😀 😀 😀 🙂
Lars Martin Johansson, Chief of the National Bureau of Criminal Investigation, decides to have a final shot at solving the twenty-year old assassination of then Prime Minister of Sweden, Olof Palme. Pulling together a small team of his best detectives, he gets them to begin a review of the huge amount of paperwork relating to the investigation, trusting that fresh eyes might spot something previously overlooked. Meantime, Chief Inspector Bäckström, now sidelined to working in the Lost Property division, is determined to find a way to get the reward offered for solving the crime.
This is a rather strange book in that the assassination of Olof Palme is, of course, a real event, which has never been properly solved. Although one man was convicted of the murder, he was later released on appeal. While many still think him guilty, there are about a zillion other theories too – from rogue police officers to Kurdish terrorists – and all, from what Persson suggests, based on the thinnest of evidence or none at all. So from the start it was hard to see exactly where we were going to end up in this book – either Persson would have to stick with the facts, leading to an untidy unresolved ending, or he would have to invent a solution. I thought he might be going to use the opportunity to put forward his own pet theory (I’m guessing every Swede has one) but the book didn’t really give me that impression. Instead it read more like a kind of slow thriller and seemed to veer further from reality as it progressed. In fact, I found all the way through that I didn’t know which bits were fact and which were fiction, which meant that by the end I couldn’t really say I knew more about the real assassination than I did at the beginning (i.e., nothing). I suspect this would work much better for anyone who knows the ins and outs of the crime and investigation before they begin, but for me it all felt too confused and unclear. The more I read, the more unconvinced I became about the merit of using a real, unsolved case in this way, especially such a high profile and recent case.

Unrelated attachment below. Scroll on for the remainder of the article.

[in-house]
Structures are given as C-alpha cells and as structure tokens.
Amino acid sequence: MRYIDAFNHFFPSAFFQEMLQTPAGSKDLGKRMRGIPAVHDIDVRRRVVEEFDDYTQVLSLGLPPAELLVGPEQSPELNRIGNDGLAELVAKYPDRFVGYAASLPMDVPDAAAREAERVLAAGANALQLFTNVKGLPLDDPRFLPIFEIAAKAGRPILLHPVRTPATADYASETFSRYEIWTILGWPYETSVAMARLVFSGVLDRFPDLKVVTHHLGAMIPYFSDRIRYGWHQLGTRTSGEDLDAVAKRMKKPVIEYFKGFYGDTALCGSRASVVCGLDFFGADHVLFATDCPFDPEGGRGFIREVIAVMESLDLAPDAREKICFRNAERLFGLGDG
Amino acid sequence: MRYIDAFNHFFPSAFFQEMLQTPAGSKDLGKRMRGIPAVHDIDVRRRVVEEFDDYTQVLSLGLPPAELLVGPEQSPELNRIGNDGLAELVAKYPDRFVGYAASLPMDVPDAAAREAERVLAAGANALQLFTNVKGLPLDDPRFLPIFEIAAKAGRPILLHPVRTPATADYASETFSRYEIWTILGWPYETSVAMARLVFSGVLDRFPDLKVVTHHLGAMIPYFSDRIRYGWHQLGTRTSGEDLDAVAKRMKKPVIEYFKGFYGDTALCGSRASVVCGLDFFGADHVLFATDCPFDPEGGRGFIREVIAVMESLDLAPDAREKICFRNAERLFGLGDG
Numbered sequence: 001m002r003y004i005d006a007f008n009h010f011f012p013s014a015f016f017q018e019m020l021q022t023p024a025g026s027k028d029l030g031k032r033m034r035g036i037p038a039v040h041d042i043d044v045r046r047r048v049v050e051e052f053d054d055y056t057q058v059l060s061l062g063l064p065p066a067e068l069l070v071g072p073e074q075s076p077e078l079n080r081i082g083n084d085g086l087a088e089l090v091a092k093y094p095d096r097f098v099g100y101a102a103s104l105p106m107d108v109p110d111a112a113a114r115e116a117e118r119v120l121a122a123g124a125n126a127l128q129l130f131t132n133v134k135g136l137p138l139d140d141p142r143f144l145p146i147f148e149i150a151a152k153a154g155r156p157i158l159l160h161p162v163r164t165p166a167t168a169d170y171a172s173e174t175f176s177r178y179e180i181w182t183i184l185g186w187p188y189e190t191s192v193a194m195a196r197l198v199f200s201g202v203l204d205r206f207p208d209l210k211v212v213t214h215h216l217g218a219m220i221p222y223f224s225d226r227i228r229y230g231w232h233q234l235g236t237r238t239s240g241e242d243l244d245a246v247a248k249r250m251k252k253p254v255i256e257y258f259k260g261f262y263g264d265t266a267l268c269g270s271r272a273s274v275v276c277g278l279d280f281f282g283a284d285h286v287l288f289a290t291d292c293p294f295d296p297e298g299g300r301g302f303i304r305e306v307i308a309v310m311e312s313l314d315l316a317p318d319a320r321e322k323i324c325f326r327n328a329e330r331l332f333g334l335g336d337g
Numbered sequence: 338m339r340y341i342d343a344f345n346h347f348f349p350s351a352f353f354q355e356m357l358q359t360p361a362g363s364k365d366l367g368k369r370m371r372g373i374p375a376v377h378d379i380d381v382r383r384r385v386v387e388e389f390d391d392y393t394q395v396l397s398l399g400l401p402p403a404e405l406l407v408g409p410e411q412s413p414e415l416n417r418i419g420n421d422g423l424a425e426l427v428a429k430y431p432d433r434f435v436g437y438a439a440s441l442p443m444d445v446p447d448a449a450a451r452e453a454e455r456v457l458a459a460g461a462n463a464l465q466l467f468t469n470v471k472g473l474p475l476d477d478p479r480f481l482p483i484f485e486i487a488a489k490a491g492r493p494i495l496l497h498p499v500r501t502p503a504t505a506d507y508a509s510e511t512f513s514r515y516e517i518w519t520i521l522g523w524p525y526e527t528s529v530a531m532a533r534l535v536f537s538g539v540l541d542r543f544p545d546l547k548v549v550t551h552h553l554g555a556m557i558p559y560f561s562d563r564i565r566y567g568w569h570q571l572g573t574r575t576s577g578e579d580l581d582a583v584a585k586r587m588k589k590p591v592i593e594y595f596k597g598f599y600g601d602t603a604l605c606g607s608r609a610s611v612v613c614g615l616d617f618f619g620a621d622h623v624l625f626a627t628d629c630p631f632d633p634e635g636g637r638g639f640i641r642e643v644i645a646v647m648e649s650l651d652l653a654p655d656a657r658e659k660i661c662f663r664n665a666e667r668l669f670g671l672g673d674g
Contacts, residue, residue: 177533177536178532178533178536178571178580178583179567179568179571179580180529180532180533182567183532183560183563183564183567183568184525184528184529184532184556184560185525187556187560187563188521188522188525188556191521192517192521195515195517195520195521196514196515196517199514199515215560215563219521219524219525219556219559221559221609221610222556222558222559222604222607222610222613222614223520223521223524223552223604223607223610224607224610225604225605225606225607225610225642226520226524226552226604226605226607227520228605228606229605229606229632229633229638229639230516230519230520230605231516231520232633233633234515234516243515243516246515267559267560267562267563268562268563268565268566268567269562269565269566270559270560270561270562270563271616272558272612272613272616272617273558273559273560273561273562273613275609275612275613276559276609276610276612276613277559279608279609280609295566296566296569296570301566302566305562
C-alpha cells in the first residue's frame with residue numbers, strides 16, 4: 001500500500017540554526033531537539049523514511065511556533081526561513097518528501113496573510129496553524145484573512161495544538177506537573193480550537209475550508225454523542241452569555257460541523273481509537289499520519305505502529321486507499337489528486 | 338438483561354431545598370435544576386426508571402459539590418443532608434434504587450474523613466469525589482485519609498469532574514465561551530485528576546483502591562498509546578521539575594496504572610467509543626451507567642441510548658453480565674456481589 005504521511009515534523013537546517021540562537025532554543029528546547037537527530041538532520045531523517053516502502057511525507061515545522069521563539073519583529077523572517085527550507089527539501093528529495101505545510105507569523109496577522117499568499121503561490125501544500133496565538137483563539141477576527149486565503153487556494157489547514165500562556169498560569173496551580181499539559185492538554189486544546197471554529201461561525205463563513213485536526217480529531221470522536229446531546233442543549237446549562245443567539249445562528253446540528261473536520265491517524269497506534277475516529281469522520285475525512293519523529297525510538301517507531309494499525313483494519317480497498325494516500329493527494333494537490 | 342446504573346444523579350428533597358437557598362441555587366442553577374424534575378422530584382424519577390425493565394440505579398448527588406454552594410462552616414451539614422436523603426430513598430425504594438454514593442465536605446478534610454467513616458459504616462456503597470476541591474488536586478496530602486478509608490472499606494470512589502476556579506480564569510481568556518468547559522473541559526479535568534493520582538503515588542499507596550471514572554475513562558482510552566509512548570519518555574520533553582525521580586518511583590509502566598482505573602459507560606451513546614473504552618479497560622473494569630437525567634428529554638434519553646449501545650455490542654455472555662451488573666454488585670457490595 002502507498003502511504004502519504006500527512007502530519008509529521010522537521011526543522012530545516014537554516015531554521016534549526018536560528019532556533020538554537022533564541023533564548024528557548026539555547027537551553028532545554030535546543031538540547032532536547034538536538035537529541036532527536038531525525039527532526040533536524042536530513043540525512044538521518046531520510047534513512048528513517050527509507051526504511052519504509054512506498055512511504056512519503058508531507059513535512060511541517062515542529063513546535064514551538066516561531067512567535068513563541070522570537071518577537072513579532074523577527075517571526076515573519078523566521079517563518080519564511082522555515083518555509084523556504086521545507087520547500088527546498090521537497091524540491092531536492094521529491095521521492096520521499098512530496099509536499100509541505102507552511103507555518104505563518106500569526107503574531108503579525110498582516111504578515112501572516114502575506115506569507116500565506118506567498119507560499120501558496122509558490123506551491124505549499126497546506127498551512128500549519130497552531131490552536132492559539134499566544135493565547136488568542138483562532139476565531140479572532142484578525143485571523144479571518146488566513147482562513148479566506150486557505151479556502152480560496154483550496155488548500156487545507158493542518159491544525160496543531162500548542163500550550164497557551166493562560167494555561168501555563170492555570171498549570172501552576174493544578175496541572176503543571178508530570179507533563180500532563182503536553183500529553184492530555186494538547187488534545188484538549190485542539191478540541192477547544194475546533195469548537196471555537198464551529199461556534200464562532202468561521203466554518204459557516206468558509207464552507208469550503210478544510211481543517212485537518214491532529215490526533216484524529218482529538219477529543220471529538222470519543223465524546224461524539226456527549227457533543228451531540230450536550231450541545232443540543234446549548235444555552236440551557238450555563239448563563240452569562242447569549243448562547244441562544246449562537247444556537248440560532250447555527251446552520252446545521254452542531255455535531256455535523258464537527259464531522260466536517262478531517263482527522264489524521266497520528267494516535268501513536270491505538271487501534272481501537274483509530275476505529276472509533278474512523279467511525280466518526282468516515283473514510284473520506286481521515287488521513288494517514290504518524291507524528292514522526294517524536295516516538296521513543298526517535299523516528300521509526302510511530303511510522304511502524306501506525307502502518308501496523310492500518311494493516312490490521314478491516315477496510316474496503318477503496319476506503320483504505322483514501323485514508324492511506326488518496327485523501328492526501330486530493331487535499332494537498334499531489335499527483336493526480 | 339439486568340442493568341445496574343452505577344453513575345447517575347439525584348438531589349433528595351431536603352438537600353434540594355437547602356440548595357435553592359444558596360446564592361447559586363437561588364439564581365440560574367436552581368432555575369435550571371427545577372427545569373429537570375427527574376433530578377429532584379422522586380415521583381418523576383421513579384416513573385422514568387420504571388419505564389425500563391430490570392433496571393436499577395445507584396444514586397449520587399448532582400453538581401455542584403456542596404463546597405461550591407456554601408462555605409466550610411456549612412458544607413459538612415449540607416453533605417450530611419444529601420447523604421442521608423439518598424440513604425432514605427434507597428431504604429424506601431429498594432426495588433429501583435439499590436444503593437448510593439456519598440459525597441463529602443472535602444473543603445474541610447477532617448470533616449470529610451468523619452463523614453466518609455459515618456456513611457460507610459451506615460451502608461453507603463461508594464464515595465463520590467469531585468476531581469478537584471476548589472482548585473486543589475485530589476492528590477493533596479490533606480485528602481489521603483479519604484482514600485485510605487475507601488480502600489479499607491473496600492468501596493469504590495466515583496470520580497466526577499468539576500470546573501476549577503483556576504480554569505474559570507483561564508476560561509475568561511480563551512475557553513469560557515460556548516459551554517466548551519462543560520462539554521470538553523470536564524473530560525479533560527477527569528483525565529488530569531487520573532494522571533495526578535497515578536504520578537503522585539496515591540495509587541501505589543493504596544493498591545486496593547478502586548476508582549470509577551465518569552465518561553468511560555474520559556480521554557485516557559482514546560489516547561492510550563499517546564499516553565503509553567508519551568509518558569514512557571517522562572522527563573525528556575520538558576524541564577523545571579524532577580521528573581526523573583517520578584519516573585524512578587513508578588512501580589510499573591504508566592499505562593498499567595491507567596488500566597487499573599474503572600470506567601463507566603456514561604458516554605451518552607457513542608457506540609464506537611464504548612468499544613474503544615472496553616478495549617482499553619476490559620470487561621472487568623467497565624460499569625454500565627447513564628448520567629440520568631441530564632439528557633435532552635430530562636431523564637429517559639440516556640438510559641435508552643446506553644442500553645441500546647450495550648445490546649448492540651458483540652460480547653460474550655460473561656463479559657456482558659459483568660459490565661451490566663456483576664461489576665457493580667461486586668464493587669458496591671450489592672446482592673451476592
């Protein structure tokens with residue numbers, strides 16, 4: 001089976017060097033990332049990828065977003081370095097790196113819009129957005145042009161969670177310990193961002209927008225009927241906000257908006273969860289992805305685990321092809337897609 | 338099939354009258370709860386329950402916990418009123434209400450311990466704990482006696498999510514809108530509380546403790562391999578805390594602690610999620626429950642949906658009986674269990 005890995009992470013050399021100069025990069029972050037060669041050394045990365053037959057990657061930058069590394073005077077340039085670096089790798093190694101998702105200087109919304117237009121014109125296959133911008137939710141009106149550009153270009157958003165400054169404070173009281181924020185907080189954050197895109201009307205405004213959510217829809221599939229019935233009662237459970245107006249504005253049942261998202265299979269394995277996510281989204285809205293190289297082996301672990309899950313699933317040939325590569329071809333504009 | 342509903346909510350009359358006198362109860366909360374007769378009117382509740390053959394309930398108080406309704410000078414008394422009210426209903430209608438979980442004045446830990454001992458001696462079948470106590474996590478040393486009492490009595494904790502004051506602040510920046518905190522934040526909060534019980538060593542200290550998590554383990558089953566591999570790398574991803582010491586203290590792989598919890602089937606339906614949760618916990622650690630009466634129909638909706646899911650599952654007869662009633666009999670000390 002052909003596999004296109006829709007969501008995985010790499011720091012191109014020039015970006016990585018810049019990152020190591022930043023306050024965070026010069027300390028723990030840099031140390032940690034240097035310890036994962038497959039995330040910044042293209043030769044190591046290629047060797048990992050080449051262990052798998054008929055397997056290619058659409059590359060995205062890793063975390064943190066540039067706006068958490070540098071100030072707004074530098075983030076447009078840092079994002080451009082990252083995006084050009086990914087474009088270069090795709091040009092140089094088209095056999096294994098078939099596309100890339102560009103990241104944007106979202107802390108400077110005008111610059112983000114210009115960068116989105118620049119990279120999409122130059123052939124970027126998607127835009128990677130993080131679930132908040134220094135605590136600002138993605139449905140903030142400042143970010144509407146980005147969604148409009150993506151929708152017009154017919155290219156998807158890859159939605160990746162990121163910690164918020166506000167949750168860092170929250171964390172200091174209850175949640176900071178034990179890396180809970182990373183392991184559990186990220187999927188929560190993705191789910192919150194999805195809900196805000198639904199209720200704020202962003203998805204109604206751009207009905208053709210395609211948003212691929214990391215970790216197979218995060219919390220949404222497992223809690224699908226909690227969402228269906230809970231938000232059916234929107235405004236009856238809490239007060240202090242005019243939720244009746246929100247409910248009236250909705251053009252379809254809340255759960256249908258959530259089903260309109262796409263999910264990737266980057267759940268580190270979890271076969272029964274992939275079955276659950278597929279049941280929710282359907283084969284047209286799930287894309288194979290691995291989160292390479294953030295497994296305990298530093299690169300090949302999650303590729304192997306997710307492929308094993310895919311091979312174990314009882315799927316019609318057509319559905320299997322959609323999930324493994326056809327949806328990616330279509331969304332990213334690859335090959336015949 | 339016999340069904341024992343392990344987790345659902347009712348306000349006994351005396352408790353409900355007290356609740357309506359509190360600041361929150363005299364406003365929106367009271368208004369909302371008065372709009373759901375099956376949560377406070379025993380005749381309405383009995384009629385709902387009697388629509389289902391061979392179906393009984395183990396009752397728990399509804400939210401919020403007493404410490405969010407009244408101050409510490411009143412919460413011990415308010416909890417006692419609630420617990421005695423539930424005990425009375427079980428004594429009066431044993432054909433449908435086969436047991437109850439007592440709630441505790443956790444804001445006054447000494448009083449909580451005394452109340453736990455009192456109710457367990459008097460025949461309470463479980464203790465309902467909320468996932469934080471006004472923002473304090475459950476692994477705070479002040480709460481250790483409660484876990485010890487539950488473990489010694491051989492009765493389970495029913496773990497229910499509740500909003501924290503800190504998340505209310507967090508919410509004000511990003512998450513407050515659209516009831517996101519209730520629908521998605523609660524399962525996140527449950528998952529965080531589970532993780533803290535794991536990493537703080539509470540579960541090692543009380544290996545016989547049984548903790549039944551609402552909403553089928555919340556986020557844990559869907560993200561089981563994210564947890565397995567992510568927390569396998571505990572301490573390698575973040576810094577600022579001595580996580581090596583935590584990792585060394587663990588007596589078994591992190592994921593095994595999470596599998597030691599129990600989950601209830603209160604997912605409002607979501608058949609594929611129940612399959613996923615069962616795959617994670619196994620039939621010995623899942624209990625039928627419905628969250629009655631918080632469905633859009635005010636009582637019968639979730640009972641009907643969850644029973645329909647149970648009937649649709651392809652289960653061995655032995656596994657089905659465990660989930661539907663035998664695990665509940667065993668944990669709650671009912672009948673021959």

Putting the concept to one side, then, and looking at the book purely as a crime thriller worked a little better for me. Johansson and his team are well drawn and their interactions have a convincing feel. We get to see them in their off-duty lives too, which makes them feel well rounded. This is a team of professionals who on the whole respect each other and work well together. Unfortunately the same cannot be said for Bäckström – obviously supposed to be the comic relief, he is an ‘old-fashioned’ sexist, racist, drunken, corrupt copper – oh dear! Yes, occasionally he has a funny line, but really he is so stereotyped and one-dimensional as to be completely unbelievable, and I tired very quickly of his foul-mouthed, offensive remarks. Maybe they were funnier in Swedish. The whole strand relating to him made very little sense as far as I could see, and I felt the book would have been better and tighter without him in it.
The fictional investigation sees the detectives discussing many of the ‘tracks’ followed by the real investigators, plus, I assume, some made up stuff so that Persson could deliver his own version of events. While interesting, there is a good deal of repetition in these sections, not just of information, but often the same phrases being used time and again, all of which contributes to the book being seriously overlong. The translation is fine for the most part, but occasionally becomes clunky and a few times actually leaves the meaning somewhat unclear. Overall, the interest of the original case plus the good characterisation of the main team just about outweighed the annoying Bäckström and my mild irritation at not knowing where the line lay between fact and fiction. I’d guess that Persson fans will enjoy this but, although it works as a standalone, in hindsight perhaps it’s not the best of his books to start with.
NB This book was provided for review by the publisher, Random House Transworld.